How to Practice Gratitude
Thich Nhat Hanh has been a great inspiration for millions of people across the globe. His rich publications, inspirational quotes, and his healing presence have all been important reminders for all.
He has directed us on the path to finding ourselves:
He has taught us to love again through the shadows of hate.
And he has given us reason to say two powerful words: Thank you.
Unfortunately, these two words are routinely (and often weakly) uttered after we have decades of practice. Fortunately though, there are many opportunities that exist each day to emphatically share these two powerful words. Not with the intention to change someone's life, but rather to take a moment in their life and yours to stop, look at them eye to eye, place a hand on their shoulder, and firmly say "Thank you." By doing so, we assuredly recognize the other person for who he/she is and the value he/she has in our life.
Acknowledgement of another human being raises awareness of the undeniable connection and relationship we all have with each other. Beyond acknowledging another human being, we can express our gratitude to the earth beneath our feet and to the heavenly space above us. Both of which provide us with everything we need in every moment of our life.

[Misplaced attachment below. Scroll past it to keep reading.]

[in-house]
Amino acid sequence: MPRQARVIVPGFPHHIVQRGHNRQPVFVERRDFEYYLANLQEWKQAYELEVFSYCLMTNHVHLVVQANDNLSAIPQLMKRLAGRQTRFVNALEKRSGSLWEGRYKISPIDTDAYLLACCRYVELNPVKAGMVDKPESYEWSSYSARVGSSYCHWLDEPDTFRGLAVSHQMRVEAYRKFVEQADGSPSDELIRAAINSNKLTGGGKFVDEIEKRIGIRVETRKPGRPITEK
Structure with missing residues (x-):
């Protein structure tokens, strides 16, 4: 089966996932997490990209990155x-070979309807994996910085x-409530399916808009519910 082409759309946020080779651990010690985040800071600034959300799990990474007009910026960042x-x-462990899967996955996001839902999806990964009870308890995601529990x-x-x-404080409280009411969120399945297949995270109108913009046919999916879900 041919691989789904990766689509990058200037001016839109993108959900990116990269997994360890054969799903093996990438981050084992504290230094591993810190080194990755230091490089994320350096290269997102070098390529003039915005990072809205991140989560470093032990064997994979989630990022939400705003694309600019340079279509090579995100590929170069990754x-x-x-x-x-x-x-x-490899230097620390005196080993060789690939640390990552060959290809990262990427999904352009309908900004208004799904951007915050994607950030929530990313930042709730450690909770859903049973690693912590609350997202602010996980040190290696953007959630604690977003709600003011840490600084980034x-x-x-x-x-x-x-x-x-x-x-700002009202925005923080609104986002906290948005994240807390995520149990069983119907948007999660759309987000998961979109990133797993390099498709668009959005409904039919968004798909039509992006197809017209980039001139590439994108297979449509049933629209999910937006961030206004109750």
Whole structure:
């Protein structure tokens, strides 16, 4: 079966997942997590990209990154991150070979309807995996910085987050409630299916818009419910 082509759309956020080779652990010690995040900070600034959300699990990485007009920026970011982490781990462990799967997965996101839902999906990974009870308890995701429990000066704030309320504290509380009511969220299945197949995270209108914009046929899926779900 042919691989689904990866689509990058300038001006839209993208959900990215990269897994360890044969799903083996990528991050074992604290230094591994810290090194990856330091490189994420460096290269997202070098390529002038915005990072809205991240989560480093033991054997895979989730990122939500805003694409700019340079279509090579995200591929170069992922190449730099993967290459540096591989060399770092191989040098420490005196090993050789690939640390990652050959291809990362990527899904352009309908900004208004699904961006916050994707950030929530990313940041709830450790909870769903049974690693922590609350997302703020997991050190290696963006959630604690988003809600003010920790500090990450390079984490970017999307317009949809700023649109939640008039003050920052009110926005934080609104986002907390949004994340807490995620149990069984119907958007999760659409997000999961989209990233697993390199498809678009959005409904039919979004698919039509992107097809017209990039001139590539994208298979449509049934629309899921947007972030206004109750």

A study found in the NIH library states that "An existing body of research supports an association between gratitude and an overall sense of well being...". Sharing gratitude is an important step to a healthier you, a stronger community, and any loving relationship. Never forget the power of these two words when expressed with full intention. And just as important, never forget how to accept this acknowledgment for yourself, for when you thank another person, you are in fact thanking yourself for the very same reason. I thank you for reading.
Take a moment this coming Thanksgiving Holiday to practice sharing these two powerful words with someone in your life.
With sincerest gratitude,
Planting the Seed of Potential
The past is a seed that is planted in the present and grows into the future.
Yesterday, I met a group of friends, who also happen to be acupuncturists, over a delicious meal and good conversation. After not meeting with them for four months, I was reminded of the importance of having my own community of friends; to share our life stories, the current day-to-day happenings, and our visions of the world transforming into the ultimate living environment.